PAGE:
Draft lottery (1969)

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Representative Alexander Pirnie (R-NY) drawing the first number.

On December 1, 1969, the Selective Service System of the United States conducted two lotteries to determine the order of call to military service in the Vietnam War for men born from 1944 to 1950. These lotteries occurred during a period of conscription from just before World War II to 1973. It was the first time a lottery system had been used to select men for military service since 1942.

The lottery numbers assigned in December 1969 were used during calendar year 1970 both to call for induction and to call for physical examination, a preliminary call covering more men.


The days of the year (including February 29) were written on slips of paper. These pieces of paper were then placed in separate plastic capsules that were mixed in a shoebox and then dumped into a deep glass jar. Capsules were drawn from the jar one at a time.

The first number drawn was 258 (September 14), so all registrants with that birthday were assigned lottery number 1. The second number drawn corresponded to April 24, and so forth. All men of draft age (born 1944 to 1950) who shared a birth date would be called to serve at once. The first 195 birthdates drawn were later called to serve in the order they were drawn; the last of these was September 24.[1]

Also on December 1, 1969, a second lottery was held with the 26 letters of the alphabet. Among men with the same birthdate, the order of induction was determined by the ranks of the first letters of their last, first, and middle names.[2] Anyone with initials "JJJ" would have been first within the shared birthdate, followed by "JGJ", "JDJ", and "JXJ"; anyone with initials "VVV" would have been last.[3]

SSS Draft scatterplot of the days of the year (horizontal) and their lottery numbers (vertical). December birthdays (far right) were assigned many low numbers (bottom), representing early induction, and few high numbers (top).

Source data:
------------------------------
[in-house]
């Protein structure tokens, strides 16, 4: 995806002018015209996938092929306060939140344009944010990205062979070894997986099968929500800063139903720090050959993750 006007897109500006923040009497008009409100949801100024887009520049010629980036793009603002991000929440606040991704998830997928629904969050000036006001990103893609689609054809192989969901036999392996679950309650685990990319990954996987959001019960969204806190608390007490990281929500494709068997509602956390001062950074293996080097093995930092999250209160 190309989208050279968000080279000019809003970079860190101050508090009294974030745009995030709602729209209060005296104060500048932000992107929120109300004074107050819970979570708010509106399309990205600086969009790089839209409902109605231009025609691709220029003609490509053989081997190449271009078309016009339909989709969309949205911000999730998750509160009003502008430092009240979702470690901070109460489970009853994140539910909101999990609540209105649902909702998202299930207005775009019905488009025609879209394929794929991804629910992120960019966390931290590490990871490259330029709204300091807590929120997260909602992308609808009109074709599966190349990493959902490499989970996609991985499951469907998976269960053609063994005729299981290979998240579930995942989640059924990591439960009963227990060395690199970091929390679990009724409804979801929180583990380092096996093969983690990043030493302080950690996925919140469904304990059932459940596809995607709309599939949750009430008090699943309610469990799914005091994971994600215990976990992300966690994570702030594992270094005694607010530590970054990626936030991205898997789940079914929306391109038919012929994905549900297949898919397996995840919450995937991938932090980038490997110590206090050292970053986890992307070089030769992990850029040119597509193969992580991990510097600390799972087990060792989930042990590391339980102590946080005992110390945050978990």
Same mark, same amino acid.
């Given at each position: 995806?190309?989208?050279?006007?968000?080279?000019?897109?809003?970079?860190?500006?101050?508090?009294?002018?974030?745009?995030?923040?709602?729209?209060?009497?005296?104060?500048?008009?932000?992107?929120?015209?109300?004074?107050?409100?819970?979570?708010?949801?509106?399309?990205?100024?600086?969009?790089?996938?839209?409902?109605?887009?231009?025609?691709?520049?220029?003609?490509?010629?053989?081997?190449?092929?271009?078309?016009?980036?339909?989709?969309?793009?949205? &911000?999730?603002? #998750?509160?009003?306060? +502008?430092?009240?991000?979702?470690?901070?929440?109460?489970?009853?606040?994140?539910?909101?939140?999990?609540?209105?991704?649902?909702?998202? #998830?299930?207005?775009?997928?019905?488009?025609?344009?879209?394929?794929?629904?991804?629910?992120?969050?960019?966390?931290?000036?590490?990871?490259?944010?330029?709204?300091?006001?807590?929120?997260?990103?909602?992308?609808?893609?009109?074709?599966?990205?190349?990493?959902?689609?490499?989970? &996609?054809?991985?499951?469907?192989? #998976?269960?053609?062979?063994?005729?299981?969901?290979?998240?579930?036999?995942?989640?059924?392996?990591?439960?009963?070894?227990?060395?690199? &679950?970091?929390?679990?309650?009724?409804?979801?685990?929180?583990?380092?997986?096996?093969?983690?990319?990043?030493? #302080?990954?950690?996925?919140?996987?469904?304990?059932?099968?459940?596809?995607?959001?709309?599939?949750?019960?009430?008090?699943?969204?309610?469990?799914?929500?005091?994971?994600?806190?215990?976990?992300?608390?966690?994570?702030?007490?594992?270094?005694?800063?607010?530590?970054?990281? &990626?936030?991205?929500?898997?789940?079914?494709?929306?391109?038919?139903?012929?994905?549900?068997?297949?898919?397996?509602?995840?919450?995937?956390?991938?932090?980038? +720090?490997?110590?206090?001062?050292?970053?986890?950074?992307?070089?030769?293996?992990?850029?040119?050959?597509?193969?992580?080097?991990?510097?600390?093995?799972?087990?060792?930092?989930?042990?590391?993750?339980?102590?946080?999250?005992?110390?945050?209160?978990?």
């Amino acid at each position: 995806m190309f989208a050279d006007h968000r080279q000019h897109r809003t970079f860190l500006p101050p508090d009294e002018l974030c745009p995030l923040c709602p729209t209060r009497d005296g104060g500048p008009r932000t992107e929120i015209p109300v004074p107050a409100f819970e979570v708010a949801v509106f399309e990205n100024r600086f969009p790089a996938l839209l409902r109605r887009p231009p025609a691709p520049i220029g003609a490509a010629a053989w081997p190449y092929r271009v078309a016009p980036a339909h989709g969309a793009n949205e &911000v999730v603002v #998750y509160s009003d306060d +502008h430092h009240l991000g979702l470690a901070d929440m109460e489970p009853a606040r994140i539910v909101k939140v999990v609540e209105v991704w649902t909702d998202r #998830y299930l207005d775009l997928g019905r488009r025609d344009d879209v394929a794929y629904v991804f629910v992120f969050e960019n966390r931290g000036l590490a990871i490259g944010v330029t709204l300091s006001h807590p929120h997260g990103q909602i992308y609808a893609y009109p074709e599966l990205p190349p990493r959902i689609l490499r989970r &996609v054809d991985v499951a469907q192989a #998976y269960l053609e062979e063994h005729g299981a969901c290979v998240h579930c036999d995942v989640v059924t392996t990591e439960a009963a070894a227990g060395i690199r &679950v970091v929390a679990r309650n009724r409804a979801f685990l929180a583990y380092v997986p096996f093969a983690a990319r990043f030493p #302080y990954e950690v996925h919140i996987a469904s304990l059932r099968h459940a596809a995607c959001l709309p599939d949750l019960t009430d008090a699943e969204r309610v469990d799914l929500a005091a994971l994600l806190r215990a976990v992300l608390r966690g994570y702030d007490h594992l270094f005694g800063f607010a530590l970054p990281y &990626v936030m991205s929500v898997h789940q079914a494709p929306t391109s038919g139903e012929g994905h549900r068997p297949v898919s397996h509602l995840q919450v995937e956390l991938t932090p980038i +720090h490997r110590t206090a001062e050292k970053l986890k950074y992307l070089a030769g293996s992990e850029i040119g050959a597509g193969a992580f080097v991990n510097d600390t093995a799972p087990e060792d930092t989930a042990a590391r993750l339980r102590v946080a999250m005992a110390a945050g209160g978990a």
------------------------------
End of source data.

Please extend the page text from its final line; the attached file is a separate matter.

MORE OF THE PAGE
People soon noticed that the lottery numbers were not distributed uniformly over the year. In particular, November and December births, or dates 306 to 366, were assigned mainly to lower draft numbers representing earlier calls to serve (see figure). This led to complaints that the lottery was not random as the legislation required. Analysis of the procedure suggested that mixing 366 capsules in the shoe box did not mix them sufficiently before dumping them into the jar. ("The capsules were put in a box month by month, January through December, and subsequent mixing efforts were insufficient to overcome this sequencing.")[2] Only five days in December—Dec. 2, 12, 15, 17 and 19—were higher than the last call number of 195; had the days been evenly distributed, 14 days in December would have been expected to remain uncalled. From January to December, the rank of the average draft pick numbers were 5 4 1 3 2 6 8 9 10 7 11 12. A Monte Carlo simulation found that the probability of a random order of months being this close to the 1–12 sequence expected for unsorted slips was 0.09%.[4]

Draft lotteries were conducted again in 1970 (for those born in 1951) and from 1971 to 1975 (for 1952 to 1956 births). The draft numbers issued in 1972 were never used the next year to call for induction into service, because the last call was December 7 and authority to induct expired on June 30, 1973.